Proof of concept

The thought of moving away from streamers to a Mac+DAC gets stronger. As proof of concept I’ve quickly tried an old copy of Audirvana 2.2.5 under Mac OS 10.6.8 on a Mac Book Pro (2008) not wanting to lug my iMac with 2.5.3 into the music room. ‘USB out’ into the ‘digital USB in’ on the Cambridge Stream Magic 6 directly accesses the oversampling DAC. I tired transferring a more up-to-date Audirvana database from the iMac but no deal. So rather than wait for endless indexing I pointed the newly installed copy on the Mac Book Pro to my Test files folder on the NAS drive.

Impressed is not the word. What an improvement! Image focus and stability massively improved; bass more cleanly resolved and real dynamic changes from within the stereo image (i.e. instruments not moving when they get loud). What a treat to hear the string sections so discretely imaged from the old Hi-Fi News test disc Dvorak Serenade for Strings with the Chamber Orchestra of Europe – and my chum Ivor’s flute playing in the Gluck Dance of the Blessed Spirits.

Raw DSD files were startlingly natural – thanks to Oppo’s website for Rodeo on a Ridge a pure DSD64 recording from David Elias’s Acoustic Trio – DSD Sessions download (and thanks to the techs who sorted out the proper CD Red Book camparison file download on the Oppo site for me too.)

Sadly, all put away at the end of the day but this points the way to go. Mac Mini or iMac? Touch screen or headless? Still plenty to think about…especially the issue of manual syncing to network drives. How’s that going to happend with a headless setup?

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Ancient history II – Mastering

There is a handful or articles I feel truly proud of having written. My research into the mastering of vinyl and early CDs published in 1983 in Hi-Fi News is one of those. The original publication of ‘All Records Are Made Equal…But Some Are Made More Equalised Than Others Part I’ suffered from repro problems on the magazine page that obscured much of the data – though of course my text and analysis was fine. I’ve now rescanned the original Genrad traces and remade the pages to bring Part 1 into line with Part 2.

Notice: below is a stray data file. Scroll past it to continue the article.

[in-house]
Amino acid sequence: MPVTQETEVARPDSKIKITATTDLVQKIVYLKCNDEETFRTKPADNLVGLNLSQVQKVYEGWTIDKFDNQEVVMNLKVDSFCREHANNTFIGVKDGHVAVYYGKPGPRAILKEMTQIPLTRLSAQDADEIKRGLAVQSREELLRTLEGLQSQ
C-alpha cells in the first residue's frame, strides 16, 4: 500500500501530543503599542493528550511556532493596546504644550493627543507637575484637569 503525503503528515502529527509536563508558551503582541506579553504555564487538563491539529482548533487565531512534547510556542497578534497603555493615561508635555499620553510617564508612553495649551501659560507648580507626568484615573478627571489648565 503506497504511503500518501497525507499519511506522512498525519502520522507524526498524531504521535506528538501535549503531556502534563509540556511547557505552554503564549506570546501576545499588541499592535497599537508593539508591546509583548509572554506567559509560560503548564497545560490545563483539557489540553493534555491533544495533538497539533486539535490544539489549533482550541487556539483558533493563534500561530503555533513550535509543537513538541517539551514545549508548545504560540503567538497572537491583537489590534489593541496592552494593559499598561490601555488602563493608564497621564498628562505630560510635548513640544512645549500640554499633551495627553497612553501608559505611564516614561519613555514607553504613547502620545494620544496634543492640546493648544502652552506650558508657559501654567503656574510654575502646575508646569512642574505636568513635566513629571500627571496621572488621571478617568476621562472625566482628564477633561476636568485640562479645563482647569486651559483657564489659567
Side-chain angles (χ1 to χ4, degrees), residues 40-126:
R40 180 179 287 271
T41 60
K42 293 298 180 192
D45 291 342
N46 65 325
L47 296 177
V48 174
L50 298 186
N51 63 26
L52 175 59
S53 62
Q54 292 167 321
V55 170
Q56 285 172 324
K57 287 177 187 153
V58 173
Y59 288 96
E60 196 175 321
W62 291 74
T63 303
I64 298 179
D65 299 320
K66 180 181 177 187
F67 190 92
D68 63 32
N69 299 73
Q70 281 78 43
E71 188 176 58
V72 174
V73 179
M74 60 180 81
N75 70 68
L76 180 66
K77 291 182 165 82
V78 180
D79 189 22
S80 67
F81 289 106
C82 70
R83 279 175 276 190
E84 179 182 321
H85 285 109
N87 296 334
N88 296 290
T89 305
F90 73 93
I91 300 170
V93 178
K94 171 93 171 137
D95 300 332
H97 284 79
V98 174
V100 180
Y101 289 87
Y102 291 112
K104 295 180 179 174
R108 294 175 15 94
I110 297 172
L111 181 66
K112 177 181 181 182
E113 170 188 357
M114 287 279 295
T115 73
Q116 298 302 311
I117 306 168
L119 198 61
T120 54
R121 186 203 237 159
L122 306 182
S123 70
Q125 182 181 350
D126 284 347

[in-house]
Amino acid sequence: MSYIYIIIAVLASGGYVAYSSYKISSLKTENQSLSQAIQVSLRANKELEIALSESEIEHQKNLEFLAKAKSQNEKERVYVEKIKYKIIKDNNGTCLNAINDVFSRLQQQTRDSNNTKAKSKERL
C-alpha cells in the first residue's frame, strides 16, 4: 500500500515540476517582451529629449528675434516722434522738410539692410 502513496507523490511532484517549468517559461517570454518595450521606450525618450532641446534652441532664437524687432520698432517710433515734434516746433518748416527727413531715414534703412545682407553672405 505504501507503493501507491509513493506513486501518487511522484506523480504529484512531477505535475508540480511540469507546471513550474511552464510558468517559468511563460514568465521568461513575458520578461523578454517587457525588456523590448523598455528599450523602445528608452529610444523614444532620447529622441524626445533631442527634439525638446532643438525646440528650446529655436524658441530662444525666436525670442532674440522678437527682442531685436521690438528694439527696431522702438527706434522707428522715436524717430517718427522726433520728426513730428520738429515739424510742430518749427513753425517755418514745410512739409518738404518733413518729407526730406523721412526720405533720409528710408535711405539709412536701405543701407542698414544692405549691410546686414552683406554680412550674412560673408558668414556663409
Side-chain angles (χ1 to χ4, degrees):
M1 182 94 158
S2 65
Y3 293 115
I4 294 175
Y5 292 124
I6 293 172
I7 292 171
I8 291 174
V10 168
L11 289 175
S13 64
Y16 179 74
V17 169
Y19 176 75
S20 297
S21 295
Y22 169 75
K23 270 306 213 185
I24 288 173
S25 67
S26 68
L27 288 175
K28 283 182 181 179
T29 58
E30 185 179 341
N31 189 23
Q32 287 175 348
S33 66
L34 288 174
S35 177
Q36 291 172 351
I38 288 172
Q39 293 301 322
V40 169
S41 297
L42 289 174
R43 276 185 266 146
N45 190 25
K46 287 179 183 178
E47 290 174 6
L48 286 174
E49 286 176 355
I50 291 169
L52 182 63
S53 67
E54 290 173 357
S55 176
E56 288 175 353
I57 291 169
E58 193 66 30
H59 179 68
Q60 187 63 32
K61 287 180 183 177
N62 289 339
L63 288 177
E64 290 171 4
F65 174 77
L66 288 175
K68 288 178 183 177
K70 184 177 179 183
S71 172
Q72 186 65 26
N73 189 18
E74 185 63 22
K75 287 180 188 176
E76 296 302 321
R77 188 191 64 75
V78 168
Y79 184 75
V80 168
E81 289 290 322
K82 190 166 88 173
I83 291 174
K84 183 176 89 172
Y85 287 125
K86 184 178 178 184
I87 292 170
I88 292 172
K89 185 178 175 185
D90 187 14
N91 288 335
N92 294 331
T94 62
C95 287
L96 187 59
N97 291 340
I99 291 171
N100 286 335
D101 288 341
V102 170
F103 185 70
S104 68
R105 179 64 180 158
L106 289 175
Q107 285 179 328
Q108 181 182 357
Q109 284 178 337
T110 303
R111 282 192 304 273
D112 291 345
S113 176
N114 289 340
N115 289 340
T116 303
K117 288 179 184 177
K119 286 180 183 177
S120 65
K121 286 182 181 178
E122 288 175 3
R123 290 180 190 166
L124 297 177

Both are available to download here: All_records_1 and All_records_2. Interesting how much is still relevant, primitive though the tools were.

Genrad.jpg

SAMPLE GRAPH – ‘Lime House Blues’ from the Proprius double album ‘Jazz at the Pawnshop’ (PROP 7778/9); this is the dashed spectrum. The solid bar spectrum is taken from the single disc recut of highlights issued by ATR (ATR 300). Though average levels are the same (A and F bars) there is more ‘push’ in the 1k to 3.15kHz bands on the ATR recut; the pressings of the ATR issue seem quieter than the Proprius presssing. Difference in low end could be due to different tape machines being used for reply.

Citations:

Präkel, David. “All Records Are Made Equal…But Some Are Made More Equalised Than Others. Part 1.” Hi-Fi News & Record Review 28, no. 7 (1983): 30-3, 36-7.

Präkel, David. “All Records Are Made Equal…But Some Are Made More Equalised Than Others. Part 2.” Hi-Fi News & Record Review 28, no. 8 (1983): 20-1, 24-5.